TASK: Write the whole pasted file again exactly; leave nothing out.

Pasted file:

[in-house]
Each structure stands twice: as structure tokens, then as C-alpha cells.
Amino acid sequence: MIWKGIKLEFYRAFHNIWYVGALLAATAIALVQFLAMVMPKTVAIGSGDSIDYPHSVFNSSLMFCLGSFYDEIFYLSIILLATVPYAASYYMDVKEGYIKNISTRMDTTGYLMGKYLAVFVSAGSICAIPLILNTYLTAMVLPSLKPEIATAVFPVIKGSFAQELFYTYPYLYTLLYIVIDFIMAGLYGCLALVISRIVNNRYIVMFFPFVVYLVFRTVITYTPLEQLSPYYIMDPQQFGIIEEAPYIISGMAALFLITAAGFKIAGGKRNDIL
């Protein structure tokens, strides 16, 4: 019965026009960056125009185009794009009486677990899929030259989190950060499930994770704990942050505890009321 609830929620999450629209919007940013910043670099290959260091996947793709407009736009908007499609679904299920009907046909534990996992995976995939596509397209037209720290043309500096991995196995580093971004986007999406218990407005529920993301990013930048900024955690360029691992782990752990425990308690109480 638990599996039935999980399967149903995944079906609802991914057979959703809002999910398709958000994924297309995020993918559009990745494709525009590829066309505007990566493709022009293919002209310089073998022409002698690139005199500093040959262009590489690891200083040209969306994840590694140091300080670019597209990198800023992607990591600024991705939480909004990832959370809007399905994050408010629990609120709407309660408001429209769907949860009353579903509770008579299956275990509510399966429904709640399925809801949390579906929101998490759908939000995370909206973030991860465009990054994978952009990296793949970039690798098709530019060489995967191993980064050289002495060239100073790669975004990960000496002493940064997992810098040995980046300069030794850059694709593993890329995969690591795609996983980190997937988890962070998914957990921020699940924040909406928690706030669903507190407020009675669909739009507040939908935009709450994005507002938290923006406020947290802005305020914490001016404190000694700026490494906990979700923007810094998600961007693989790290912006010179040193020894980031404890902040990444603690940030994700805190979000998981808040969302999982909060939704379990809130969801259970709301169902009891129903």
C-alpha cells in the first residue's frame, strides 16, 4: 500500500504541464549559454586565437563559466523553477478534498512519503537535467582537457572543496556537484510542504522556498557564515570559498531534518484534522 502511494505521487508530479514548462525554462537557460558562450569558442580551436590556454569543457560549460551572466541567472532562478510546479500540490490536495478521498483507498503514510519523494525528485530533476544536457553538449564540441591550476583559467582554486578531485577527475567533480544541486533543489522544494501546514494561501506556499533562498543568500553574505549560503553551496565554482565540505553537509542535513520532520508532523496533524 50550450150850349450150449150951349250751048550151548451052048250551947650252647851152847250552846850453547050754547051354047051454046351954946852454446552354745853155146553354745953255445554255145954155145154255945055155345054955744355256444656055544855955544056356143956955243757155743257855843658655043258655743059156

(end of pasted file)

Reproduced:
[in-house]
Each structure stands twice: as structure tokens, then as C-alpha cells.
Amino acid sequence: MIWKGIKLEFYRAFHNIWYVGALLAATAIALVQFLAMVMPKTVAIGSGDSIDYPHSVFNSSLMFCLGSFYDEIFYLSIILLATVPYAASYYMDVKEGYIKNISTRMDTTGYLMGKYLAVFVSAGSICAIPLILNTYLTAMVLPSLKPEIATAVFPVIKGSFAQELFYTYPYLYTLLYIVIDFIMAGLYGCLALVISRIVNNRYIVMFFPFVVYLVFRTVITYTPLEQLSPYYIMDPQQFGIIEEAPYIISGMAALFLITAAGFKIAGGKRNDIL
């Protein structure tokens, strides 16, 4: 019965026009960056125009185009794009009486677990899929030259989190950060499930994770704990942050505890009321 609830929620999450629209919007940013910043670099290959260091996947793709407009736009908007499609679904299920009907046909534990996992995976995939596509397209037209720290043309500096991995196995580093971004986007999406218990407005529920993301990013930048900024955690360029691992782990752990425990308690109480 638990599996039935999980399967149903995944079906609802991914057979959703809002999910398709958000994924297309995020993918559009990745494709525009590829066309505007990566493709022009293919002209310089073998022409002698690139005199500093040959262009590489690891200083040209969306994840590694140091300080670019597209990198800023992607990591600024991705939480909004990832959370809007399905994050408010629990609120709407309660408001429209769907949860009353579903509770008579299956275990509510399966429904709640399925809801949390579906929101998490759908939000995370909206973030991860465009990054994978952009990296793949970039690798098709530019060489995967191993980064050289002495060239100073790669975004990960000496002493940064997992810098040995980046300069030794850059694709593993890329995969690591795609996983980190997937988890962070998914957990921020699940924040909406928690706030669903507190407020009675669909739009507040939908935009709450994005507002938290923006406020947290802005305020914490001016404190000694700026490494906990979700923007810094998600961007693989790290912006010179040193020894980031404890902040990444603690940030994700805190979000998981808040969302999982909060939704379990809130969801259970709301169902009891129903």
C-alpha cells in the first residue's frame, strides 16, 4: 500500500504541464549559454586565437563559466523553477478534498512519503537535467582537457572543496556537484510542504522556498557564515570559498531534518484534522 502511494505521487508530479514548462525554462537557460558562450569558442580551436590556454569543457560549460551572466541567472532562478510546479500540490490536495478521498483507498503514510519523494525528485530533476544536457553538449564540441591550476583559467582554486578531485577527475567533480544541486533543489522544494501546514494561501506556499533562498543568500553574505549560503553551496565554482565540505553537509542535513520532520508532523496533524 50550450150850349450150449150951349250751048550151548451052048250551947650252647851152847250552846850453547050754547051354047051454046351954946852454446552354745853155146553354745953255445554255145954155145154255945055155345054955744355256444656055544855955544056356143956955243757155743257855843658655043258655743059156